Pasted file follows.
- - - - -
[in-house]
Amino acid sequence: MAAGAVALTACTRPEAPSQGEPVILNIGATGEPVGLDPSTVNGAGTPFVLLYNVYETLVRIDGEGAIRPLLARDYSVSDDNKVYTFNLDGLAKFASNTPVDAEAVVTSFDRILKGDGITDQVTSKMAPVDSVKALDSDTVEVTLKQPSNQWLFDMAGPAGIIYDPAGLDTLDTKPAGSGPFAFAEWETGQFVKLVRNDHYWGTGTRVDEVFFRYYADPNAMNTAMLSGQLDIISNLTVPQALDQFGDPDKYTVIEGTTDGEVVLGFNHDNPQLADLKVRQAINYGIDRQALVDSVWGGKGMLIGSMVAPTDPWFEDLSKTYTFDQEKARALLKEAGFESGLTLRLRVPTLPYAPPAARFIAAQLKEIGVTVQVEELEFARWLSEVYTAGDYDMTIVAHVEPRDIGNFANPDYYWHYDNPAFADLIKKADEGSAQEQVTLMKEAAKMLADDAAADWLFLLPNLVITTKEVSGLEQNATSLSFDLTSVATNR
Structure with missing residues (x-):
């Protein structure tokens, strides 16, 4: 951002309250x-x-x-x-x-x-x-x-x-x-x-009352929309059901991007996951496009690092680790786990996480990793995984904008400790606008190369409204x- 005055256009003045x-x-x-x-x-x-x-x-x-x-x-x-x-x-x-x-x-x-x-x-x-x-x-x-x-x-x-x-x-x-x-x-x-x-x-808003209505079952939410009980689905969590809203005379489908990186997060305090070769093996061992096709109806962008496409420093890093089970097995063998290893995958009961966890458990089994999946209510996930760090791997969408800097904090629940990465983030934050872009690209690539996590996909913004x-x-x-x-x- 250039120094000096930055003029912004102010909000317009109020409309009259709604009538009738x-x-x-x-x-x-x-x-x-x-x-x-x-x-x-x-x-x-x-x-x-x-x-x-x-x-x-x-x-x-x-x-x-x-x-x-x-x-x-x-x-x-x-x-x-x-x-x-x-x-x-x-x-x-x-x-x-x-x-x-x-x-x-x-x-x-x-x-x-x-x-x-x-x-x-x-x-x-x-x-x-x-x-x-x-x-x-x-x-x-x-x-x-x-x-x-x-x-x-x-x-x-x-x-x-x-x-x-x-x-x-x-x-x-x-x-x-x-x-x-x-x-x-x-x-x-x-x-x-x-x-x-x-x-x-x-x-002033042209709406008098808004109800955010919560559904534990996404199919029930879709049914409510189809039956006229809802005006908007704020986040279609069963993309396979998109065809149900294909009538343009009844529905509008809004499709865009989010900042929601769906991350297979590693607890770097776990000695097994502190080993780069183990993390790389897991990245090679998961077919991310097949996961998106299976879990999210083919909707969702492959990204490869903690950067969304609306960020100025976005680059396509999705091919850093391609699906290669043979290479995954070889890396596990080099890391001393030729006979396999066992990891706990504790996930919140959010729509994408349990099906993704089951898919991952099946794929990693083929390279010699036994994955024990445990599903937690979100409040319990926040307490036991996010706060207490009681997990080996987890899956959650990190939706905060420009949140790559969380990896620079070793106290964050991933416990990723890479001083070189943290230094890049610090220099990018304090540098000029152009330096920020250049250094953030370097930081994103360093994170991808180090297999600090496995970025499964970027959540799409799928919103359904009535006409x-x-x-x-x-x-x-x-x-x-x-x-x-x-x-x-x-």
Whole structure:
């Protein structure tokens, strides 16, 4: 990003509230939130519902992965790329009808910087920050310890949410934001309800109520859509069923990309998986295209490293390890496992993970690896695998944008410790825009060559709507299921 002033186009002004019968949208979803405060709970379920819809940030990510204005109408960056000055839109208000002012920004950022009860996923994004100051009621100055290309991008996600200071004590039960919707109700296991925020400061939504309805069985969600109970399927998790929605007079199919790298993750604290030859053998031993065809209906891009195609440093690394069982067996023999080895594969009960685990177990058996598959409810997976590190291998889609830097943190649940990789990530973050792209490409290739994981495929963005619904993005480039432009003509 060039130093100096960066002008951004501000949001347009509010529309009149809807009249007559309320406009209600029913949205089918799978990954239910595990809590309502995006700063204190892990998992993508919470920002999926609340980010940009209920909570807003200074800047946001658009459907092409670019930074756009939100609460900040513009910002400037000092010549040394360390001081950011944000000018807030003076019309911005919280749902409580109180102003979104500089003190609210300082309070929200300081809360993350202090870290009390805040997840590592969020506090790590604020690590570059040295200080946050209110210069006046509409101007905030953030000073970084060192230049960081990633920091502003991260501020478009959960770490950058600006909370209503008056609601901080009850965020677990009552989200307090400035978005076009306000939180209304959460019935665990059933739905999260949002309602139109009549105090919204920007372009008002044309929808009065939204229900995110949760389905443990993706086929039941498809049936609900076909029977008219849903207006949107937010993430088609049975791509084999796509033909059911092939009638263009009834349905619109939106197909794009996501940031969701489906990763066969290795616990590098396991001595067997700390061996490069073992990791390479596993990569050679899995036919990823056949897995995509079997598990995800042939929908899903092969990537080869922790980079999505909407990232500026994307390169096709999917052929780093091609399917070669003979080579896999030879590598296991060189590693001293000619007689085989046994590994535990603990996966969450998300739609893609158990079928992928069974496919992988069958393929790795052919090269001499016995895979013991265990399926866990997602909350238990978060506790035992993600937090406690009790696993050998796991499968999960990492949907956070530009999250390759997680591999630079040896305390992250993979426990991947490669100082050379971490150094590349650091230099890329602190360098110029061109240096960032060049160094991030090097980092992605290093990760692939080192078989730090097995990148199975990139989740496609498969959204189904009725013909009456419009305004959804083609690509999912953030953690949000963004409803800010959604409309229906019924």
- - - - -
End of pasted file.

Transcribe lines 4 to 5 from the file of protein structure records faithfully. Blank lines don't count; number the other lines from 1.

């Protein structure tokens, strides 16, 4: 951002309250x-x-x-x-x-x-x-x-x-x-x-009352929309059901991007996951496009690092680790786990996480990793995984904008400790606008190369409204x- 005055256009003045x-x-x-x-x-x-x-x-x-x-x-x-x-x-x-x-x-x-x-x-x-x-x-x-x-x-x-x-x-x-x-x-x-x-x-808003209505079952939410009980689905969590809203005379489908990186997060305090070769093996061992096709109806962008496409420093890093089970097995063998290893995958009961966890458990089994999946209510996930760090791997969408800097904090629940990465983030934050872009690209690539996590996909913004x-x-x-x-x- 250039120094000096930055003029912004102010909000317009109020409309009259709604009538009738x-x-x-x-x-x-x-x-x-x-x-x-x-x-x-x-x-x-x-x-x-x-x-x-x-x-x-x-x-x-x-x-x-x-x-x-x-x-x-x-x-x-x-x-x-x-x-x-x-x-x-x-x-x-x-x-x-x-x-x-x-x-x-x-x-x-x-x-x-x-x-x-x-x-x-x-x-x-x-x-x-x-x-x-x-x-x-x-x-x-x-x-x-x-x-x-x-x-x-x-x-x-x-x-x-x-x-x-x-x-x-x-x-x-x-x-x-x-x-x-x-x-x-x-x-x-x-x-x-x-x-x-x-x-x-x-x-002033042209709406008098808004109800955010919560559904534990996404199919029930879709049914409510189809039956006229809802005006908007704020986040279609069963993309396979998109065809149900294909009538343009009844529905509008809004499709865009989010900042929601769906991350297979590693607890770097776990000695097994502190080993780069183990993390790389897991990245090679998961077919991310097949996961998106299976879990999210083919909707969702492959990204490869903690950067969304609306960020100025976005680059396509999705091919850093391609699906290669043979290479995954070889890396596990080099890391001393030729006979396999066992990891706990504790996930919140959010729509994408349990099906993704089951898919991952099946794929990693083929390279010699036994994955024990445990599903937690979100409040319990926040307490036991996010706060207490009681997990080996987890899956959650990190939706905060420009949140790559969380990896620079070793106290964050991933416990990723890479001083070189943290230094890049610090220099990018304090540098000029152009330096920020250049250094953030370097930081994103360093994170991808180090297999600090496995970025499964970027959540799409799928919103359904009535006409x-x-x-x-x-x-x-x-x-x-x-x-x-x-x-x-x-």
Whole structure: